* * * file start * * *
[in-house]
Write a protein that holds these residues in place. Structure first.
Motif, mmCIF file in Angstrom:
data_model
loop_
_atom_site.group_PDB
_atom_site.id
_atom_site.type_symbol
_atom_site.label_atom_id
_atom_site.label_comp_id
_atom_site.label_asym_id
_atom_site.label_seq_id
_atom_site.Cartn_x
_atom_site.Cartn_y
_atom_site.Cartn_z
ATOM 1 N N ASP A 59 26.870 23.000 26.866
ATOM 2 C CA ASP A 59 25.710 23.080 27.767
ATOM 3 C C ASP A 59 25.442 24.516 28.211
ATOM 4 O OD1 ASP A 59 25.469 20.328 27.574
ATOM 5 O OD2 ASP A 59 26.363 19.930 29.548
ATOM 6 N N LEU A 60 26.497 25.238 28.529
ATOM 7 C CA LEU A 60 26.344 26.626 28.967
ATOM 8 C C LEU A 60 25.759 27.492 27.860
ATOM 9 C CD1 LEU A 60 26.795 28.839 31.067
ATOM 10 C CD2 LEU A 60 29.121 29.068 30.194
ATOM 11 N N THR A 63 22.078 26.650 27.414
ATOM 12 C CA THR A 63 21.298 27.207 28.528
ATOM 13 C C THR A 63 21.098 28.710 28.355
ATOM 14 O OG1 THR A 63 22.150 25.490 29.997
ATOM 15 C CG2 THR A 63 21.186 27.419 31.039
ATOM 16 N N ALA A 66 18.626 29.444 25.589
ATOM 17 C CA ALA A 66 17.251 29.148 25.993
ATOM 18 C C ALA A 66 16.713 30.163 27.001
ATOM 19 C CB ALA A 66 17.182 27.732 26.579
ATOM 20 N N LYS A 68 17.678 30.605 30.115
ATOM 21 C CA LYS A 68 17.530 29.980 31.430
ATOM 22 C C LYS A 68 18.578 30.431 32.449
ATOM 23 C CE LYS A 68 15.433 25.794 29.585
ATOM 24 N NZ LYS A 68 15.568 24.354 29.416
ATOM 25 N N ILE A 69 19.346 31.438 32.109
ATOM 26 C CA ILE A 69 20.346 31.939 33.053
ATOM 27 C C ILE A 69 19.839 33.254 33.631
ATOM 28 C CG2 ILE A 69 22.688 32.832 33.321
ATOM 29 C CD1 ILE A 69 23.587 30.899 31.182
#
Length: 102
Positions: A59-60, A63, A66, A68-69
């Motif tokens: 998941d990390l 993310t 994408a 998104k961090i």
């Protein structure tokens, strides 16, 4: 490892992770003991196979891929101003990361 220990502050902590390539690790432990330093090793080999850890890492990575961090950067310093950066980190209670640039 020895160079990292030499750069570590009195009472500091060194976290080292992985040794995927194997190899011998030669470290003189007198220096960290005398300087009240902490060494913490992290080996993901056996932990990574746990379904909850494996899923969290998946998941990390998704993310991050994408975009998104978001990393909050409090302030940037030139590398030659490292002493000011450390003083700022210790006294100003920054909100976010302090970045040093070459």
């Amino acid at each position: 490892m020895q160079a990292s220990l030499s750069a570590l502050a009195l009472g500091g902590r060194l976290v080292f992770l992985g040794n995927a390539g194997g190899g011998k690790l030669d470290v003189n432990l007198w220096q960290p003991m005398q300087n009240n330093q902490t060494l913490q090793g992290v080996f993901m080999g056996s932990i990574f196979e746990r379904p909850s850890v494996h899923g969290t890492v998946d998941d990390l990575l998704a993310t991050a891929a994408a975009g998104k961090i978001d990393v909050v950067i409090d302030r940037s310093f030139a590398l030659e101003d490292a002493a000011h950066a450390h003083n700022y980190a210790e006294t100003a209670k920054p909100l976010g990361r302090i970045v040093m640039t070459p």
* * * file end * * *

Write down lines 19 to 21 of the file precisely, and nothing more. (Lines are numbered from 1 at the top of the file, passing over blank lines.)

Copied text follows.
ATOM 4 O OD1 ASP A 59 25.469 20.328 27.574
ATOM 5 O OD2 ASP A 59 26.363 19.930 29.548
ATOM 6 N N LEU A 60 26.497 25.238 28.529